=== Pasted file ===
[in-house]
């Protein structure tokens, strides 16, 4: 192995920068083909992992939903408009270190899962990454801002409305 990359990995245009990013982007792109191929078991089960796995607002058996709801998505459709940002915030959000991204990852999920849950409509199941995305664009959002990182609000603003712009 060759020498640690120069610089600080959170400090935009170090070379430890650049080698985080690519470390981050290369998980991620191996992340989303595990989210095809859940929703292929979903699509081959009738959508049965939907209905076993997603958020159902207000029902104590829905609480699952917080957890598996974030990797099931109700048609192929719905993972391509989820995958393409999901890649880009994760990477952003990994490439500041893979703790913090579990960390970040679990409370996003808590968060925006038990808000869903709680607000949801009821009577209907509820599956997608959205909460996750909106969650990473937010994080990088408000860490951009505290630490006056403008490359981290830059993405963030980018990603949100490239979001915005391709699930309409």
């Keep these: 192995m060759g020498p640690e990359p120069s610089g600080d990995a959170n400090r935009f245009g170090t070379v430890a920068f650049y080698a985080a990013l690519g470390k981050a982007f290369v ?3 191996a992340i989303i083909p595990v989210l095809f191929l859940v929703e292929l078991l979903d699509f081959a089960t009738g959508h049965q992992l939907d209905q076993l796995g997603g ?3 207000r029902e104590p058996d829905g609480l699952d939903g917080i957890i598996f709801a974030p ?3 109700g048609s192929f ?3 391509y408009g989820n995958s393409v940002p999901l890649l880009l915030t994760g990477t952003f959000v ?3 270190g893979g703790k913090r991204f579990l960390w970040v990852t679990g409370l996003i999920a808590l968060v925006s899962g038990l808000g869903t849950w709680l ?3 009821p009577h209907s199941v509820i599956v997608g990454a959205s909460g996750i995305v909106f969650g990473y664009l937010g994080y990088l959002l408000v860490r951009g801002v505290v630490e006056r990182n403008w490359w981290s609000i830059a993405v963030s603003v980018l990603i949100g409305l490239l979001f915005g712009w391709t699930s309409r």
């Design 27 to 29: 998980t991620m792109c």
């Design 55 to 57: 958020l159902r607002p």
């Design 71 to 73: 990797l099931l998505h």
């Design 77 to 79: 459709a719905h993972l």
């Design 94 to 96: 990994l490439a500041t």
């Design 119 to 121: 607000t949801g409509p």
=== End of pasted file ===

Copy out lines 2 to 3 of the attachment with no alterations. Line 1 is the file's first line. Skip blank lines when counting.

């Protein structure tokens, strides 16, 4: 192995920068083909992992939903408009270190899962990454801002409305 990359990995245009990013982007792109191929078991089960796995607002058996709801998505459709940002915030959000991204990852999920849950409509199941995305664009959002990182609000603003712009 060759020498640690120069610089600080959170400090935009170090070379430890650049080698985080690519470390981050290369998980991620191996992340989303595990989210095809859940929703292929979903699509081959009738959508049965939907209905076993997603958020159902207000029902104590829905609480699952917080957890598996974030990797099931109700048609192929719905993972391509989820995958393409999901890649880009994760990477952003990994490439500041893979703790913090579990960390970040679990409370996003808590968060925006038990808000869903709680607000949801009821009577209907509820599956997608959205909460996750909106969650990473937010994080990088408000860490951009505290630490006056403008490359981290830059993405963030980018990603949100490239979001915005391709699930309409």
């Keep these: 192995m060759g020498p640690e990359p120069s610089g600080d990995a959170n400090r935009f245009g170090t070379v430890a920068f650049y080698a985080a990013l690519g470390k981050a982007f290369v ?3 191996a992340i989303i083909p595990v989210l095809f191929l859940v929703e292929l078991l979903d699509f081959a089960t009738g959508h049965q992992l939907d209905q076993l796995g997603g ?3 207000r029902e104590p058996d829905g609480l699952d939903g917080i957890i598996f709801a974030p ?3 109700g048609s192929f ?3 391509y408009g989820n995958s393409v940002p999901l890649l880009l915030t994760g990477t952003f959000v ?3 270190g893979g703790k913090r991204f579990l960390w970040v990852t679990g409370l996003i999920a808590l968060v925006s899962g038990l808000g869903t849950w709680l ?3 009821p009577h209907s199941v509820i599956v997608g990454a959205s909460g996750i995305v909106f969650g990473y664009l937010g994080y990088l959002l408000v860490r951009g801002v505290v630490e006056r990182n403008w490359w981290s609000i830059a993405v963030s603003v980018l990603i949100g409305l490239l979001f915005g712009w391709t699930s309409r």